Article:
FDIC warns of scams being carried out in its name
The Federal Deposit Insurance Corp. has warned that fraudsters are taking advantage of the atmosphere of fear and confusion surrounding the coronavirus pandemic to perpetrate scams in the agency's name.
These cons are being conducted through emails, phone calls, letters, text messages, faxes, and social media, the FDIC said Wednesday.
Typically, the perpetrator claims to be a specific FDIC employee and demands bank account numbers, Social Security numbers, dates of birth, and other details that can be used to commit fraud or sell a person's identity. Sometimes they ask for payment.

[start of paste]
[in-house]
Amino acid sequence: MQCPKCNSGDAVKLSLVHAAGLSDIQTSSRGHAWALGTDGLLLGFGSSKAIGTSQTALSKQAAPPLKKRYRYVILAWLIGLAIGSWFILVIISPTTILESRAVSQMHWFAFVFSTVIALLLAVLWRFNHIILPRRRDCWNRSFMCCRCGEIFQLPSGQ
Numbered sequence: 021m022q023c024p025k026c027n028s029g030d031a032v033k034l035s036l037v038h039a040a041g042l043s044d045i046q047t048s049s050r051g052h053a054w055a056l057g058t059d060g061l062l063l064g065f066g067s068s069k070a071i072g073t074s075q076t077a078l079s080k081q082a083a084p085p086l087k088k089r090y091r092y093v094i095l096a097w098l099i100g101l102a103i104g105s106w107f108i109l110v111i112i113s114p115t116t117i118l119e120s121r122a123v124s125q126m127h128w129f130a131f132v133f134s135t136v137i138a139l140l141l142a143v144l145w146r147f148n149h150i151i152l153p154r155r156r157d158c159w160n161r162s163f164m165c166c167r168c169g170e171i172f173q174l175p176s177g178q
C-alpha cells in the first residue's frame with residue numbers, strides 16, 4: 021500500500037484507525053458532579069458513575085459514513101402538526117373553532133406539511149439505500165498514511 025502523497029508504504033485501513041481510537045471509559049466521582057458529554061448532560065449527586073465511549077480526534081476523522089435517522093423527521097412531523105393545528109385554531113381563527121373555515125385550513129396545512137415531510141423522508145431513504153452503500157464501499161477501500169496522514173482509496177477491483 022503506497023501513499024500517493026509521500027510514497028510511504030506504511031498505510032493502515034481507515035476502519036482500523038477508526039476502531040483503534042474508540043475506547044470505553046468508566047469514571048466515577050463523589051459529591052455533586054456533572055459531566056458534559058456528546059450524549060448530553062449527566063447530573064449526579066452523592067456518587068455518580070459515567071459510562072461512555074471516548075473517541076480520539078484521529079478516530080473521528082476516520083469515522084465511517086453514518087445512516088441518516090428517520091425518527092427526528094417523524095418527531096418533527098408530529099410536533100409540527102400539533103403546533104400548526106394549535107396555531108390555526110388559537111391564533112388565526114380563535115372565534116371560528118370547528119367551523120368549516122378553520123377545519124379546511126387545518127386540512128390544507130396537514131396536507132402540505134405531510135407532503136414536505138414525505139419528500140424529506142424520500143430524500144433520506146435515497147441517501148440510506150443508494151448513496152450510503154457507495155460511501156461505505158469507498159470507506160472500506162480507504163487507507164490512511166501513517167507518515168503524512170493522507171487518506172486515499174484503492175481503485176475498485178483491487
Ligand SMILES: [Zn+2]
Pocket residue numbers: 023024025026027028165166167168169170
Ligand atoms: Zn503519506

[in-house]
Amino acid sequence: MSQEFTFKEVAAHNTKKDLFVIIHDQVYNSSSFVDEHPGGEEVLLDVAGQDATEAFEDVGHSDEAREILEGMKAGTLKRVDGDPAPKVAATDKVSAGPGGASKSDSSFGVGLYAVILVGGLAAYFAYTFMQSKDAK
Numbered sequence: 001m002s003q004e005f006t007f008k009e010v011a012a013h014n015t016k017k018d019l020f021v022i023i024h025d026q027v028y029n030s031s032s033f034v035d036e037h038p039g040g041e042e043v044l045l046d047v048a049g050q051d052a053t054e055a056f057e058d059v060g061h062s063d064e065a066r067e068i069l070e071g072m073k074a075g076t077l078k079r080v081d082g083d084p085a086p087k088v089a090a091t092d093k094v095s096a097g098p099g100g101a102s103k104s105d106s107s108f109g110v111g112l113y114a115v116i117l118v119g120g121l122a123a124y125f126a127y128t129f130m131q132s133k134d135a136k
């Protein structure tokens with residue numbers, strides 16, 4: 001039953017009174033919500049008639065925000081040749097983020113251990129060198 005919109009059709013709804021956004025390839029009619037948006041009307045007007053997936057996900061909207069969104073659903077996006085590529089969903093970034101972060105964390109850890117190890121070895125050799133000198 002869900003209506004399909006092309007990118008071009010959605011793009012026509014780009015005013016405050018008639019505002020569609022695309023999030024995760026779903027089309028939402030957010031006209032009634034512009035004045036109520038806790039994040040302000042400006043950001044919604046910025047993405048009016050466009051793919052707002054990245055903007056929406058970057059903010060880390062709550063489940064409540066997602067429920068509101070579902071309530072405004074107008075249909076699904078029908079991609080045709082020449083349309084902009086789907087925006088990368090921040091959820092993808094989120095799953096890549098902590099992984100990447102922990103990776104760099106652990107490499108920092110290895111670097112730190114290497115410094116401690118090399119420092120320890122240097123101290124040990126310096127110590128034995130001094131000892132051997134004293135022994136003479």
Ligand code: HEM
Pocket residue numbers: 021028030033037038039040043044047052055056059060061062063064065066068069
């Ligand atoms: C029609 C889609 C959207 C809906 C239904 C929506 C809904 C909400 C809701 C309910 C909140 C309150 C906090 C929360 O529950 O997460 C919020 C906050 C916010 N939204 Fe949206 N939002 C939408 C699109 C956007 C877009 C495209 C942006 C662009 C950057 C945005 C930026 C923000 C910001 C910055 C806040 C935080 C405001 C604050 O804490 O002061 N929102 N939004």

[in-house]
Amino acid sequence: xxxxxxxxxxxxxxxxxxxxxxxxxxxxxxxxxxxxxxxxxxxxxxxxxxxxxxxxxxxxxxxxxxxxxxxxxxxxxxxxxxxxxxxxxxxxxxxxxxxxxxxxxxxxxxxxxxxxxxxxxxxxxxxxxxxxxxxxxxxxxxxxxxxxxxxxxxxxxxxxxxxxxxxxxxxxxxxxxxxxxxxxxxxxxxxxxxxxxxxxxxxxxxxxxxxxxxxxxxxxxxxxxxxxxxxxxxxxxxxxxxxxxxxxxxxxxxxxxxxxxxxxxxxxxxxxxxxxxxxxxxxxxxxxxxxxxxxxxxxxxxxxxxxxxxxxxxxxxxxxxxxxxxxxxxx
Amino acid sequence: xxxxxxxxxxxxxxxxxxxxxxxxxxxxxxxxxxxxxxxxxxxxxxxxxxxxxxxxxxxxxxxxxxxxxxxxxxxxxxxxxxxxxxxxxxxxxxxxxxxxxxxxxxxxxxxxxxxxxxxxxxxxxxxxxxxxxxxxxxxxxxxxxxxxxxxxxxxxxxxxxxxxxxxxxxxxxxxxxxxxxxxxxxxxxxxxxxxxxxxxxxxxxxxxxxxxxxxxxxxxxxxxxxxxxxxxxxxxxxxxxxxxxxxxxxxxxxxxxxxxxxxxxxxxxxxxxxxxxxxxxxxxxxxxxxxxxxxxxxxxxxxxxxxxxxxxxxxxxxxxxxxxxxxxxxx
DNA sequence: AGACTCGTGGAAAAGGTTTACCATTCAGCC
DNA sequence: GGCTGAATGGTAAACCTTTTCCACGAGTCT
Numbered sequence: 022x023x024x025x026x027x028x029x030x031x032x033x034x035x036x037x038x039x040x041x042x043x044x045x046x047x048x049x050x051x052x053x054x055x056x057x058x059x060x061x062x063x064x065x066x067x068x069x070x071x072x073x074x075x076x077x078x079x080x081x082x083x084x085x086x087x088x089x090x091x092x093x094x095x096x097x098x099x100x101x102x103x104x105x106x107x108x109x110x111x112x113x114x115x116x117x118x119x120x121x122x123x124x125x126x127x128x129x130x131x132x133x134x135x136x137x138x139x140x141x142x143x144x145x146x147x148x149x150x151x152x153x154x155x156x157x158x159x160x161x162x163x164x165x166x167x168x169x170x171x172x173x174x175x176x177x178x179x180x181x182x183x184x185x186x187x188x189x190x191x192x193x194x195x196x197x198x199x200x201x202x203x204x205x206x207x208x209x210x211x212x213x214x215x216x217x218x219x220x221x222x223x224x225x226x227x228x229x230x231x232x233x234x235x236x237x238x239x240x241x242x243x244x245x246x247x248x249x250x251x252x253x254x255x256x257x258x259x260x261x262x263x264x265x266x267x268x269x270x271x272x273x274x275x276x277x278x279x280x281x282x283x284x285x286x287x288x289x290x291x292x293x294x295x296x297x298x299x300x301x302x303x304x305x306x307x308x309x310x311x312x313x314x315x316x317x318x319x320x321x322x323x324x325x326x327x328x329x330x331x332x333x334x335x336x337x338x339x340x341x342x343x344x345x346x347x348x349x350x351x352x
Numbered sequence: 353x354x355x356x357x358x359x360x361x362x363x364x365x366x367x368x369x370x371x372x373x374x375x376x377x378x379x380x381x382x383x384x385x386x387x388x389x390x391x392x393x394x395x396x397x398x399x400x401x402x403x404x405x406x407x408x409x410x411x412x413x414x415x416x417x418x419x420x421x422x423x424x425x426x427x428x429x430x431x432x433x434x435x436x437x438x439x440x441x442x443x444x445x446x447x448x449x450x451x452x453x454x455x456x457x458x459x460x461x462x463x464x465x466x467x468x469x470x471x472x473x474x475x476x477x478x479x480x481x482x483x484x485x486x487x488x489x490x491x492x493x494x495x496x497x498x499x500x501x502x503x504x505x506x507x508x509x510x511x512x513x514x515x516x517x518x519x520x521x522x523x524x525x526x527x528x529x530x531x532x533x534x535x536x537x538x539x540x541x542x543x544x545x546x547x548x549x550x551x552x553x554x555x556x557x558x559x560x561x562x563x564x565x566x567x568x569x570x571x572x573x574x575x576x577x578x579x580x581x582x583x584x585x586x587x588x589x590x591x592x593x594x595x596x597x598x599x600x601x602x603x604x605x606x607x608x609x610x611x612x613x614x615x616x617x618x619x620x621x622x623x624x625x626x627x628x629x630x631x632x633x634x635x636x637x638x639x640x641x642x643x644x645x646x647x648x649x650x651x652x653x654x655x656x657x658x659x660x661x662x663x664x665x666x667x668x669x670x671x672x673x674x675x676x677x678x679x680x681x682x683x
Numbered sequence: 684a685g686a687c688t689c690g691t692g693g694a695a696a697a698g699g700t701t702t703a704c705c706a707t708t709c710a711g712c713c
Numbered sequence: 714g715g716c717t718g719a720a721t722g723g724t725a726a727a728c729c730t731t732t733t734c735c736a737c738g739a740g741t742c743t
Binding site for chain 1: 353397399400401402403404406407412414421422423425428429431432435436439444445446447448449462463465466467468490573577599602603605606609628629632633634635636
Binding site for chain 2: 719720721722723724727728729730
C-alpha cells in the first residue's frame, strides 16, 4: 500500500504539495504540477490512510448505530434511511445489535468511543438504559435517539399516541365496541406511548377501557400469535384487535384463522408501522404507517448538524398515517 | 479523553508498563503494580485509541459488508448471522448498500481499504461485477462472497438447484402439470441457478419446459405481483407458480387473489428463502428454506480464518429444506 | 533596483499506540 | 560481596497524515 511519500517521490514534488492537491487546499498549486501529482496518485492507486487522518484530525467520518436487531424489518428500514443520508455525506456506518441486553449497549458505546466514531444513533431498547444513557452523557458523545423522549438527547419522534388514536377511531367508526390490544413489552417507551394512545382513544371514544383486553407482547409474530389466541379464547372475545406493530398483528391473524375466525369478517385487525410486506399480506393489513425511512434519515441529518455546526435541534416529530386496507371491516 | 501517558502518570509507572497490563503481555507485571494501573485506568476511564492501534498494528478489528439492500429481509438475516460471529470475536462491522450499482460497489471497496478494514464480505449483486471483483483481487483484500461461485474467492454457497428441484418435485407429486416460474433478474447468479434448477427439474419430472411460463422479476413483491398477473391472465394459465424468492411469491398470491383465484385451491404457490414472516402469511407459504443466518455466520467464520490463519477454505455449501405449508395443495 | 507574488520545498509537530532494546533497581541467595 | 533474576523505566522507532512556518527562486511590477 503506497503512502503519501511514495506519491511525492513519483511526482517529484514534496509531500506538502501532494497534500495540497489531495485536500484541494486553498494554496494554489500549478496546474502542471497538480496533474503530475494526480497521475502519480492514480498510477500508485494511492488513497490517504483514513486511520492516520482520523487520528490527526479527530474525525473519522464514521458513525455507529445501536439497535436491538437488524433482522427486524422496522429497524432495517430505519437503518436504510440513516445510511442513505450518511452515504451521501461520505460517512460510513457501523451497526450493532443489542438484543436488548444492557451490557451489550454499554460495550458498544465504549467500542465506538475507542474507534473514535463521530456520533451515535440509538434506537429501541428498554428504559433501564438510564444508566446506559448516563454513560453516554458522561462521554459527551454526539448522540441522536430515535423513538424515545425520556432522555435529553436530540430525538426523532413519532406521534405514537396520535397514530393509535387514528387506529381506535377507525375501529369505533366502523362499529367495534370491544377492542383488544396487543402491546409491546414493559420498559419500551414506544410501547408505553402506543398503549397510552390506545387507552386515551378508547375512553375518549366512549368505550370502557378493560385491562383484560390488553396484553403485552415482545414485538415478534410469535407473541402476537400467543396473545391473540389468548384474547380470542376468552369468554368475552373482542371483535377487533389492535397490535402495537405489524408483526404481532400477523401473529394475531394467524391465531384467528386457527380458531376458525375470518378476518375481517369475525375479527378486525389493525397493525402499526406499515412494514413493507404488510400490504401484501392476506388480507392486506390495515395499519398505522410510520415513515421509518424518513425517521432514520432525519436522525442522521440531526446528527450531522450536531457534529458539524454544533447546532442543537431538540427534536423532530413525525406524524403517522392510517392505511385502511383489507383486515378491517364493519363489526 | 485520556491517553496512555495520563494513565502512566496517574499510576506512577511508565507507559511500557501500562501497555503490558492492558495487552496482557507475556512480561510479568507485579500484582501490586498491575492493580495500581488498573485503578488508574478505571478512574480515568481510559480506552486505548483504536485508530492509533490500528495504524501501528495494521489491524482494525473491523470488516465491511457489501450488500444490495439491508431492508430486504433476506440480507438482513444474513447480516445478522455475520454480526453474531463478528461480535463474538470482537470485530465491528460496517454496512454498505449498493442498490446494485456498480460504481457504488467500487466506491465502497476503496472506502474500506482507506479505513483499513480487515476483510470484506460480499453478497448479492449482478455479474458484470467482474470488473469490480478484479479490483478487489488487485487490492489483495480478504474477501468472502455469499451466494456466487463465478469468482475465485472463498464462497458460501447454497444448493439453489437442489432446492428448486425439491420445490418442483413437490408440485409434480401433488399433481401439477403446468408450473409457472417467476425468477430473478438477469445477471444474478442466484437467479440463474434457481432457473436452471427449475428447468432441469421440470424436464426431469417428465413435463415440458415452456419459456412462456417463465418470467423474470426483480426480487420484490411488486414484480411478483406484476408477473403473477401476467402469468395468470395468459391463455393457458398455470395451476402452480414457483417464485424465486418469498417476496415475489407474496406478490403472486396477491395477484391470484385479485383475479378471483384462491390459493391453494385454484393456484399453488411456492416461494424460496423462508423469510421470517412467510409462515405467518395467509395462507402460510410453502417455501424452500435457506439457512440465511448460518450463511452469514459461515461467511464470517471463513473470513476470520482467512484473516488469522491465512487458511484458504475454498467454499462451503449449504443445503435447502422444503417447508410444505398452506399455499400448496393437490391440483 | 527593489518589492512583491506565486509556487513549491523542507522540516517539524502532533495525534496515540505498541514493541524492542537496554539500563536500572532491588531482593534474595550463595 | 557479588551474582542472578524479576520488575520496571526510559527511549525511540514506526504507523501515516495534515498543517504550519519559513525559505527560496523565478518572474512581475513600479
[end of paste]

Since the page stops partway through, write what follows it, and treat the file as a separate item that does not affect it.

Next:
The FDIC urged people to not be fooled.
“The FDIC does not send unsolicited correspondence asking for money or sensitive personal information,” the agency said. “The agency will never contact people asking for personal details, such as bank account information, credit and debit card numbers, Social Security numbers, or passwords.”
The agency also said false information is being spread about the safety of consumers’ deposits and their ability to access cash.
“Since 1933, no depositor has ever lost a penny of FDIC-insured funds,” the release stated. “Today, the FDIC insures up to $250,000 per depositor per FDIC-insured bank. An FDIC-insured account is the safest place for consumers to keep their money. Some banks may have adjusted hours or services in compliance with Centers for Disease Control guidance on social distancing. Customers’ deposits remain safe in these banks, as does customer access to their funds.”